Economic History at a Crossroads: Reconsidering Methods, Spaces, and Peoples
Abstract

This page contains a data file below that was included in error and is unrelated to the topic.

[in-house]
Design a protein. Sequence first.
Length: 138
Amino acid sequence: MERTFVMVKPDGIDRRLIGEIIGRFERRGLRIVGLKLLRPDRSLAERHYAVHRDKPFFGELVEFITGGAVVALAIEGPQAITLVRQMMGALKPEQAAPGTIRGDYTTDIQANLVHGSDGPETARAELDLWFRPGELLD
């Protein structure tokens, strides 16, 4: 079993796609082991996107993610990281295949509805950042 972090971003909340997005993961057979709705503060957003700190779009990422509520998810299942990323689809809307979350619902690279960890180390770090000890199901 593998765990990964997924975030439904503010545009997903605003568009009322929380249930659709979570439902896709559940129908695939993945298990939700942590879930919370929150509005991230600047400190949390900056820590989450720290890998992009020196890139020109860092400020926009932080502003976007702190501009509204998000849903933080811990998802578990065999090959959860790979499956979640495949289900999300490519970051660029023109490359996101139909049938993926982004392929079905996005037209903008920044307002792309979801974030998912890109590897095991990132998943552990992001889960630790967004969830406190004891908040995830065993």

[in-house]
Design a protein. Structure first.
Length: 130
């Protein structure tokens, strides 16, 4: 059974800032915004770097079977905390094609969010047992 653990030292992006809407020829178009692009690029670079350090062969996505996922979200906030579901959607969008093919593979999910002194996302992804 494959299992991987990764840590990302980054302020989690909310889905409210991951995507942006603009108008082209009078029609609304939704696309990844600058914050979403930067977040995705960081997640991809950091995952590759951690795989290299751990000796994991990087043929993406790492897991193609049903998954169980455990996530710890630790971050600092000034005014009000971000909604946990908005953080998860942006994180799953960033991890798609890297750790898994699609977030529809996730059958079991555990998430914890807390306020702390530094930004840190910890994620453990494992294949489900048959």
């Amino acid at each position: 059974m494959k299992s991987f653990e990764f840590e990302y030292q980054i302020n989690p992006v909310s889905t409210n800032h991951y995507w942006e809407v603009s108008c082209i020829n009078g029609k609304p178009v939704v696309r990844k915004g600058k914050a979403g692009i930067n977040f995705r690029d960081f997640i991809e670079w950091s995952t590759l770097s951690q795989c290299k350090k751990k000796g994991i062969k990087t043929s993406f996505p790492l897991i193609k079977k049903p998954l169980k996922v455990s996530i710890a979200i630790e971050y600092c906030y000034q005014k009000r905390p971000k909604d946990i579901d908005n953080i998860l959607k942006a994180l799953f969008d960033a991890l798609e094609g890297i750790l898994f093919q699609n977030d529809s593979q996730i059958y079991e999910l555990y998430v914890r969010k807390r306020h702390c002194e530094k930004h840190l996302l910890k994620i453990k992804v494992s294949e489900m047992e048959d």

Economic history has never suffered from having a narrow definition of its topics or methodologies, and as the articles in this special issue of JER so ably demonstrate, economic historians have become ever more adventurous in incorporating new research questions, reading sources imaginatively, defining how people of past generations thought and acted in economic ways, and generally expanding the parameters of where the economy can be perceived and analyzed. The articles in this special issue, representing only a portion of the outpouring of new scholarship in economic history, assess aspects of what the field has achieved and point us toward unfinished business.


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